|SUMMERVILLE, Ga. (AP) -- The Rev. Howard Finster, a folk artist who
created sermons in paint that were featured on the covers of rock
albums and in galleries worldwide, died Monday of congestive heart
failure. He was 84.
Finster died at Redmond Regional Medical Center in nearby Rome,
Erwin-Pettit Funeral Home of Summerville said.
Finster, a Baptist minister since his teens, began his art career in his
late 40s, creating works that ranged from wooden cutouts to paintings
to assemblages, many of which he adorned with messages like ``Hell
is a hell of a place'' in block letters.
He often used pop culture icons such as the Coca-Cola bottle,
Cadillacs and Elvis Presley in his work.
``When Christ called his disciples, he called fishermen, he didn't call
nobody from a qualified university,'' Finster said in a 1990 magazine
interview. ``He used common people to reveal parables. That's what I
do. I use Elvis because I'm a fan of Elvis. Elvis was a great guy. By
using him I get people's attention and they read my messages.''
Finster was considered a pioneer among self-taught artists, advancing
the ``outsider'' movement with his unique personality, unflagging
salesmanship and resolute work ethic. Such artists work ``outside'' the
aesthetic of formal art training.
``He was an introduction to this art for a lot of individuals who had never
heard of it,'' said Marcia Weber, a gallery owner in Montgomery, Ala.,
who has handled several Finster paintings. ``He broke ground.''
Finster's work, consistently imbued with evangelistic themes that
exhort the viewer to repent and accept Christ, became popular in the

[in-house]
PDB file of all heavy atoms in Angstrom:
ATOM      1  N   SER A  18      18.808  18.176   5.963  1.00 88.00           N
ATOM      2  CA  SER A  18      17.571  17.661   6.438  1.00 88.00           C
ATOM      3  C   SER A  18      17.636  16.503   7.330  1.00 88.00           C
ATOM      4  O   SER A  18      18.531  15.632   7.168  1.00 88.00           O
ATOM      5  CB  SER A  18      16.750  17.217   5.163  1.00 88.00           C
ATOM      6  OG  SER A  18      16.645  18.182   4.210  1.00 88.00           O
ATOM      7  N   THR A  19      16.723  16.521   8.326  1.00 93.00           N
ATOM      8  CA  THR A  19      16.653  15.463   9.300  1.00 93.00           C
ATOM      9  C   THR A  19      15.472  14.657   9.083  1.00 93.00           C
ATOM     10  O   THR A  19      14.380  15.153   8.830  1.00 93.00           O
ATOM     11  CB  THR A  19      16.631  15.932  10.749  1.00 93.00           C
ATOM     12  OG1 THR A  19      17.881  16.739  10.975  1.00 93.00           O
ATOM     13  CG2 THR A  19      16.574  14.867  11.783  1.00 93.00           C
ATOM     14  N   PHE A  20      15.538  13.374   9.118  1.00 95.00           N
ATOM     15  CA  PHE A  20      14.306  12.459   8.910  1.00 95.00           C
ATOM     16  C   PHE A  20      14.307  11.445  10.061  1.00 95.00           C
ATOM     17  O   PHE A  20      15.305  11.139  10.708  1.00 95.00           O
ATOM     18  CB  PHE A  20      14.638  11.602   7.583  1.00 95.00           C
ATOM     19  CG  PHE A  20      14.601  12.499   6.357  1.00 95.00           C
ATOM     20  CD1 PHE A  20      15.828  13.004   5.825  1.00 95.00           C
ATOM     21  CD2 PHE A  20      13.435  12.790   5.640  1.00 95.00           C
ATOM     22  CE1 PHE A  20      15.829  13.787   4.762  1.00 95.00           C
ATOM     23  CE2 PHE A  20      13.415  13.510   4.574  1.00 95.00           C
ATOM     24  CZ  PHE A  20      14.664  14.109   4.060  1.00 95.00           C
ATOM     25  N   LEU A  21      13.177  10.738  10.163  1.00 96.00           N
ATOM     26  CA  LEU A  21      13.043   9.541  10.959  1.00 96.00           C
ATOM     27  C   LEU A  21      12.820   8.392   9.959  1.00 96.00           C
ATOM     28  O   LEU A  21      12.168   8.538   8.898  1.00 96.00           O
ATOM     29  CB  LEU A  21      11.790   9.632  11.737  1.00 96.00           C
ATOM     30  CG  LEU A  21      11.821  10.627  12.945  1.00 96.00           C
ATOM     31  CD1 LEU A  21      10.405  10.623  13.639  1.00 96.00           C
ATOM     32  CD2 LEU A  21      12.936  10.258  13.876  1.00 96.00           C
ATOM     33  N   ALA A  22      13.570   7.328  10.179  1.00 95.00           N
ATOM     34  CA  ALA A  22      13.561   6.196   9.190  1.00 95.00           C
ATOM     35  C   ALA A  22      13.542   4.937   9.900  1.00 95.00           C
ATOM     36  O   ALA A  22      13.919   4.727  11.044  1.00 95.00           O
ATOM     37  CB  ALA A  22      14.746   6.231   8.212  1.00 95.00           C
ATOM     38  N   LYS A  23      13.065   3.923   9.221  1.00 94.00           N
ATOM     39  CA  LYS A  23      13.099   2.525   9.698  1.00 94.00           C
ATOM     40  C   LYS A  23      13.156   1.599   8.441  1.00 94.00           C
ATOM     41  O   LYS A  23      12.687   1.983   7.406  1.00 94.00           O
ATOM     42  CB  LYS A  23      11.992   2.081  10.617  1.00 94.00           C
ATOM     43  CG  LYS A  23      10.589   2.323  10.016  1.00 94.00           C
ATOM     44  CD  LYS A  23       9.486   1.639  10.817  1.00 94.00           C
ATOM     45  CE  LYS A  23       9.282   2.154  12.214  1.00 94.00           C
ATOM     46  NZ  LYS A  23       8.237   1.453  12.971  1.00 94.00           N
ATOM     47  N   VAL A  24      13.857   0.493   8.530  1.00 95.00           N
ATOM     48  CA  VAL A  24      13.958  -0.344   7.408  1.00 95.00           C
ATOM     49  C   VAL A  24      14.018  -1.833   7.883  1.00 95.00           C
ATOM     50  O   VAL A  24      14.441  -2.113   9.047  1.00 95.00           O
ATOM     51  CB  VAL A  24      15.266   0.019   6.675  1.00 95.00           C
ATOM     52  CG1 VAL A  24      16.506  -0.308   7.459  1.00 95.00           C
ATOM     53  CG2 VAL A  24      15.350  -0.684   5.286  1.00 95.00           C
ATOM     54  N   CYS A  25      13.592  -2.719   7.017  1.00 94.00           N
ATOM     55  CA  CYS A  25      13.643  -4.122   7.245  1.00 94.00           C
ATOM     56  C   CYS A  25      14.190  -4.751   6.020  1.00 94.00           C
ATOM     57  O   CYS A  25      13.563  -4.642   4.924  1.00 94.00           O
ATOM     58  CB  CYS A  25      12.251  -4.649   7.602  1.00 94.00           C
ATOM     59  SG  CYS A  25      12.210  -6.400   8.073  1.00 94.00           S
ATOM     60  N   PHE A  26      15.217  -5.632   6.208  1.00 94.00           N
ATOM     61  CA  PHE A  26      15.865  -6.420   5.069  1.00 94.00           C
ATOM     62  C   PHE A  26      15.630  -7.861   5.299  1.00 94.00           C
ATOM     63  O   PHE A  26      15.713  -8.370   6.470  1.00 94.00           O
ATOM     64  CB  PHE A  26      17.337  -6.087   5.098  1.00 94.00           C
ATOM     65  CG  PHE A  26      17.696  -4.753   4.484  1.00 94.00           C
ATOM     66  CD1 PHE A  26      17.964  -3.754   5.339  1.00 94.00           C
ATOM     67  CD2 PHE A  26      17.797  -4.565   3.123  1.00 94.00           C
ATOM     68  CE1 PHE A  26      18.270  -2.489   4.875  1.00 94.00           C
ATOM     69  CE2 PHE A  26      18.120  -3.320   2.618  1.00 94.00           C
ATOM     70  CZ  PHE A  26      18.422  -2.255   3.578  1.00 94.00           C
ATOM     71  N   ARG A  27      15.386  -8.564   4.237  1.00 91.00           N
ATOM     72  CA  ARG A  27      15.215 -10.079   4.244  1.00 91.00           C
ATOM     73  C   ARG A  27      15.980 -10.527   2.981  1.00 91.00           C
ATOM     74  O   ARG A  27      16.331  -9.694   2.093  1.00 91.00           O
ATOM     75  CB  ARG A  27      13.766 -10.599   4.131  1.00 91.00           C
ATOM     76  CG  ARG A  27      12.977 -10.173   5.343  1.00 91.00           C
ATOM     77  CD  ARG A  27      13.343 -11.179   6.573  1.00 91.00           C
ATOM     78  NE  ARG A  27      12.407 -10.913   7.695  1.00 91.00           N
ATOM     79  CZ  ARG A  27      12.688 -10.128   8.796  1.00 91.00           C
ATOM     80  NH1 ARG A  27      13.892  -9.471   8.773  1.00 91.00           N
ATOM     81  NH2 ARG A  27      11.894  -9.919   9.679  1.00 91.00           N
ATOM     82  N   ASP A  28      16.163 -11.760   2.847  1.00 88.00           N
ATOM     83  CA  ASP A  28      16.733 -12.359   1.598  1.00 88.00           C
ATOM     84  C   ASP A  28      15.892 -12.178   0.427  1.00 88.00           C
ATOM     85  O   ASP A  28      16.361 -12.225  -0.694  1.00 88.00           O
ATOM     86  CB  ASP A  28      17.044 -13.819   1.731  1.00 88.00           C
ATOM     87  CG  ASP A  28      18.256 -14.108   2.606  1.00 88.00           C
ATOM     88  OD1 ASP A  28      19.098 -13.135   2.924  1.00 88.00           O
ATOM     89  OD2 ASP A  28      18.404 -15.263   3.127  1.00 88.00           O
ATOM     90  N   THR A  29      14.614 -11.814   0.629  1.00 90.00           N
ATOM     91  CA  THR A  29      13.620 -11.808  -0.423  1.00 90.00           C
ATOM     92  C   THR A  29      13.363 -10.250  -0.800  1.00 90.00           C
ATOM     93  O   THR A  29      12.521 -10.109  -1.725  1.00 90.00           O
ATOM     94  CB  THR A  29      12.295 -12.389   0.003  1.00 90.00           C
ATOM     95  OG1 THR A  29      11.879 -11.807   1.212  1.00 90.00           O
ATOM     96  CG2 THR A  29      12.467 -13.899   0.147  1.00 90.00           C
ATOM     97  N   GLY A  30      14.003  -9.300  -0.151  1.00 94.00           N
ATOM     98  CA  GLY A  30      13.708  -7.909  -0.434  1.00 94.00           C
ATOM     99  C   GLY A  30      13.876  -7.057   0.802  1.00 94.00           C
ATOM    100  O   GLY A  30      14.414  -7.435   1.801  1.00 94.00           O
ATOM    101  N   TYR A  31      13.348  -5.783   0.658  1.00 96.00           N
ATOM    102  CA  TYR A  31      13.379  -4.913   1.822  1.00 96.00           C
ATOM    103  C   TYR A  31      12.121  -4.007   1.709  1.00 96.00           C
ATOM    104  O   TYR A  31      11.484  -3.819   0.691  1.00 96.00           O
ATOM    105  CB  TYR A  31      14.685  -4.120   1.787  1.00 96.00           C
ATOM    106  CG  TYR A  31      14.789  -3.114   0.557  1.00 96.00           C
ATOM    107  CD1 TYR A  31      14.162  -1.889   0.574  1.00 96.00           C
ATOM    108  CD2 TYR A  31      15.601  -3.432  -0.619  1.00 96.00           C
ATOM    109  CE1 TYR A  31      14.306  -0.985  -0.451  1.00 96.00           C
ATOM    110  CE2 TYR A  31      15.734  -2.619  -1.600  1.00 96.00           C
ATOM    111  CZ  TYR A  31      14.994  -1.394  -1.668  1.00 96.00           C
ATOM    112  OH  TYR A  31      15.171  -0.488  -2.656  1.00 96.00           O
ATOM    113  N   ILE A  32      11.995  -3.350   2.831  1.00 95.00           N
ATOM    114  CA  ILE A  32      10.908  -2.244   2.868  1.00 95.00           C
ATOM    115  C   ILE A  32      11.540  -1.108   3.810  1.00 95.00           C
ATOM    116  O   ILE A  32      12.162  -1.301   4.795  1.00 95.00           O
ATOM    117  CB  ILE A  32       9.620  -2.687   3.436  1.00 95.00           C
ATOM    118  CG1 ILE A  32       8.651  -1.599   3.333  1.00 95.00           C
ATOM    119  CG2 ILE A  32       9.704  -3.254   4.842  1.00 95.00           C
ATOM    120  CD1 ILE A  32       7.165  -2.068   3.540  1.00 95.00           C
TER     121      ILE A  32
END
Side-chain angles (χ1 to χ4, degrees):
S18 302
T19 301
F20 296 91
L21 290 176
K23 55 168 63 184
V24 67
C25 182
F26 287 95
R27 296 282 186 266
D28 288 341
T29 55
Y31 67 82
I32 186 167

early 1980s in New York art galleries.
``He took the word of God and did it entirely in his own way, this
eccentric, unconventional manner,'' said Lynne Spriggs, folk art curator
at Atlanta's High Museum of Art, which holds the world's largest
collection of Finster works. ``He was a tireless artist and a great
Finster's widest exposure may have been from music cover art.
In 1988, the Georgia-based rock band R.E.M. asked Finster to make
the cover for its second album, ``Reckoning.'' The Talking Heads, a
musical group of former art students, also commissioned Finster for
the cover of its ``Little Creatures'' recording.
Finster was also known for his three-acre Paradise Garden, which he
described as a ``folk art haven,'' built in 1961 on filled swampland
behind his home in Pennville in northwest Georgia.
Paradise Garden features mosaic cement paths, a giant cement boot,
the Tomb of the Unknown Body and Finster's folk art chapel. For years,
he spent Sunday afternoons at the garden greeting visitors. He later
moved to nearby Summerville, and Paradise Garden is now largely
owned by the High Museum of Art.
Finster was born on a small farm in DeKalb County, Ala., on Dec. 2,
1916, and became a Baptist preacher at age 16.
For more than three decades, he traveled Alabama, Georgia and
Tennessee preaching at tent revivals and supplementing his income
with odd jobs, including plumbing and bicycle repair.
In recent years, most of Finster's work was advertised on his Web site,
with the artist himself working at an almost assembly-line pace.
``We can call it commercialism, but his aim is that his art serves a
didactic function: to spread the word,'' said Lee Kogan, a friend of
Finster's and director of special projects at the Museum of American
Folk Art in New York. ``His art serves God. He's interested in getting
this message out.''
Survivors include his wife, Pauline Freeman Finster; four daughters; a
son; 15 grandchildren and 15 great-grandchildren.
I was quite suprised to see this story scroll across the bottom of CNN's crowded screen last week. Bookended by news of anthrax outbreaks and Dow Jones figures.